AWS Service Catalog
Developer Guide

What Is AWS Service Catalog?

AWS Service Catalog enables organizations to create and manage catalogs of products that are approved for use on AWS.

If you are new to AWS Service Catalog, see the following guides: AWS Service Catalog Administrator Guide and AWS Service Catalog User Guide.

Benefits of Using the AWS Service Catalog API

The AWS Service Catalog API provides programmatic control over all end-user actions as an alternative to using the AWS Management Console. When you use the API, you can do the following:

  • Write your own custom interfaces and apps

  • Obtain fine-grained control of end user product provisioning operations

  • Integrate resource provisioning into your orchestration pipelines

Access AWS Service Catalog

To build applications using language-specific APIs, use the libraries, sample code, tutorials, and other resources for software developers. These libraries provide basic functions that automate tasks such as cryptographically signing your requests, retrying requests, and handling error responses, making it is easier for you to get started. To get started, open Tools for Amazon Web Services and locate the SDK of your choice under SDKs.

If you prefer to use a command line interface, you have the following options:

AWS Command Line Interface (CLI)

To get started, see the AWS Command Line Interface User Guide. For more information about the commands for AWS Service Catalog, see servicecatalog in the AWS CLI Command Reference.

AWS Tools for Windows PowerShell

To get started, see the AWS Tools for Windows PowerShell User Guide. For more information about the cmdlets for AWS Service Catalog, open the AWS Tools for PowerShell Cmdlet Reference and expand AWS Service Catalog.

Example Workflow

In this scenario, the administrator creates resources using AWS Service Catalog and an end user finds what products are available and provisions the product. This is an example workflow; this is not the only way to use the AWS Service Catalog API.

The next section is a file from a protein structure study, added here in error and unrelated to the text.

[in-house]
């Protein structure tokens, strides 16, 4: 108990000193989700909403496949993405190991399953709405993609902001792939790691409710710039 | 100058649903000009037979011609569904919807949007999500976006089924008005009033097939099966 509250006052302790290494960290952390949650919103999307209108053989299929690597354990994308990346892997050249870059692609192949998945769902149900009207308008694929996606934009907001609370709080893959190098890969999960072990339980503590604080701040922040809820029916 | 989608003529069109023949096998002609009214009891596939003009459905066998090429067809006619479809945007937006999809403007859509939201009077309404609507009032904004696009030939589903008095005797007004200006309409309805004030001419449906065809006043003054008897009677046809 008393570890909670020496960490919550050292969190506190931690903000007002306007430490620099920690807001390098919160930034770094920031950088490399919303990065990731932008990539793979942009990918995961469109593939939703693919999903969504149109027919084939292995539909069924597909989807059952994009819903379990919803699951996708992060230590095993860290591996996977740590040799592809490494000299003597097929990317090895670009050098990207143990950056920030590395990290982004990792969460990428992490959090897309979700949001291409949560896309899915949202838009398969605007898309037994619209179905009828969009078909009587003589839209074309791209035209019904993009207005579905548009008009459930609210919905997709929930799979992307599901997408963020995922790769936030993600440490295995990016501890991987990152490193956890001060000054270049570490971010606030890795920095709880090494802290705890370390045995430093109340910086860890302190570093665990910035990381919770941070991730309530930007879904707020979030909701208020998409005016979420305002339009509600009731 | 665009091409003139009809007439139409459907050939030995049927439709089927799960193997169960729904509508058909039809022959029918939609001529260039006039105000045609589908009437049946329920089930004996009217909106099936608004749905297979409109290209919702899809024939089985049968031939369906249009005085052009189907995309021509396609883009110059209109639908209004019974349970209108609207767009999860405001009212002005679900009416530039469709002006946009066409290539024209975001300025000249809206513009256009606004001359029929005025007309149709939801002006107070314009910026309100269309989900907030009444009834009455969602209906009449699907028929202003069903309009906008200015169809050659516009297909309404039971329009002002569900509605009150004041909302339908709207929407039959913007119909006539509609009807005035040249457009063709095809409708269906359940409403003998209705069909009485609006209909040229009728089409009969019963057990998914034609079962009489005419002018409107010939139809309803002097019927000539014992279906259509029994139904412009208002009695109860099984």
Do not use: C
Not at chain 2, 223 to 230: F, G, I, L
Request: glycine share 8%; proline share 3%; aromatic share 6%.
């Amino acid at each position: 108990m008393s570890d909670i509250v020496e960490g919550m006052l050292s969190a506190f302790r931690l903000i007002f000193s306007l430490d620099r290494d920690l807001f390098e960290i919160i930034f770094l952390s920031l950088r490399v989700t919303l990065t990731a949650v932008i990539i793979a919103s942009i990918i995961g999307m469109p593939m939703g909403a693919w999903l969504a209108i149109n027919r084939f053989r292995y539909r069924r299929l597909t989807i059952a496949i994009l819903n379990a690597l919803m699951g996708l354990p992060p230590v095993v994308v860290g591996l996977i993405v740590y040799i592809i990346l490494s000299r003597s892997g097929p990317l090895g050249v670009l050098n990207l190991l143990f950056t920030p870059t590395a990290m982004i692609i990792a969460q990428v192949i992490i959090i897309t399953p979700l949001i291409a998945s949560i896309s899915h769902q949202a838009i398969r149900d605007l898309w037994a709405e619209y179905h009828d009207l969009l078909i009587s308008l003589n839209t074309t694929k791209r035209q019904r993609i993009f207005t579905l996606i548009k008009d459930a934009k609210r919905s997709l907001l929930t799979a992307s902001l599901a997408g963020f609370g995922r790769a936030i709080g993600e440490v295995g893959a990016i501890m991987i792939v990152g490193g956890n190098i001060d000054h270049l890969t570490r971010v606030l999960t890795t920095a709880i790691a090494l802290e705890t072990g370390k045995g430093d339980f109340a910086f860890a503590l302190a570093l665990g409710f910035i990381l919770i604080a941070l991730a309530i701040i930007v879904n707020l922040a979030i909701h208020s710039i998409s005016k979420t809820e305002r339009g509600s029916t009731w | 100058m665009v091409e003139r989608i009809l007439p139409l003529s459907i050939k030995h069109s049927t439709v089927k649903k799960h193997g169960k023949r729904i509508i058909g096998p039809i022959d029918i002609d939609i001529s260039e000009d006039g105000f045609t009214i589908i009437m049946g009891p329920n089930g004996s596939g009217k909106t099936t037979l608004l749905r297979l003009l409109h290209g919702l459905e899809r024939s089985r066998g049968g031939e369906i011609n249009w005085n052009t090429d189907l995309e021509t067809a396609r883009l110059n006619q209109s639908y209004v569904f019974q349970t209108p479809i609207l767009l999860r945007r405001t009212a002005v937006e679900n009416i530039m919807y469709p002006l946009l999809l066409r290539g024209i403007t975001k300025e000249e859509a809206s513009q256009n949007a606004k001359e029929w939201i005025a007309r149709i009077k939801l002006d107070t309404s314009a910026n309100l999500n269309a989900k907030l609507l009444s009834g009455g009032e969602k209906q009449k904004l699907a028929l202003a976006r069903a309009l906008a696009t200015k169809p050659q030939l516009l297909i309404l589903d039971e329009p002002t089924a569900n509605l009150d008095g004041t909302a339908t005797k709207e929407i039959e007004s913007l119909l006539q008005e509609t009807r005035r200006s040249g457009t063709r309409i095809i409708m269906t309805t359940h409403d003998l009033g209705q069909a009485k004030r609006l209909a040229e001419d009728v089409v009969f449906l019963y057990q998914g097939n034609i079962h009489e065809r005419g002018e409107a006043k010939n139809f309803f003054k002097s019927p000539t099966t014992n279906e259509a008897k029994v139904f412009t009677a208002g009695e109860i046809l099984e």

Administrator Tasks

  • Create portfolios, product views, products, product versions, and constraints.

  • Assign IAM users to products, which gives them access.

End User Tasks

  1. The user calls SearchProducts with no arguments. This returns the list of products the user has access to, as well as a "SearchDomain" that can be used to scope the results.

  2. The user continues to call SearchProducts with additional search filters until the desired product is found.

  3. The user calls DescribeProductView to find the list of provisioning artifacts (also known as versions) for this product. This determines what the user actually provisions.

  4. The user calls ListLaunchPaths to find the list of paths for this product, along with the constraints for each path. This determines what set of constraints is applied on the provisioned product.

  5. After choosing a provisioning artifact and a path, the user calls DescribeProvisioningParameters. This returns the list of parameters the user must provide before provisioning a product using the provisioning artifact and path, along with whatever additional usage instructions the administrator decided to provide.

  6. The user calls ProvisionProduct, specifying the product, provisioning artifact, path, and input parameters. The input parameters are a list of key-value pairs, where the keys are obtained using DescribeProvisioningParameters and the values are user-provided (for example, {ParameterKey:"dbpassword", ParameterValue:"mycoolpassword"}). This starts a workflow to create the specified AWS resources. It also creates a record detail that tracks the provisioning request, and a provisioned product object that represents the underlying AWS resources.

  7. The user polls DescribeRecord to see when the status of the record detail changes from the IN_PROGRESS state to a completed state (either SUCCEEDED or ERROR).

  8. When the record detail for the request is in a completed state, the user calls DescribeRecord once more. The outputs identifies the created resources.

  9. The user calls UpdateProvisionedProduct to update the underlying resources in place. Depending on the specific updates requested, this operation can update with no interruption, with some interruption, or replace the provisioned product entirely.

  10. Finally, the user calls TerminateProvisionedProduct to terminate the provisioned product.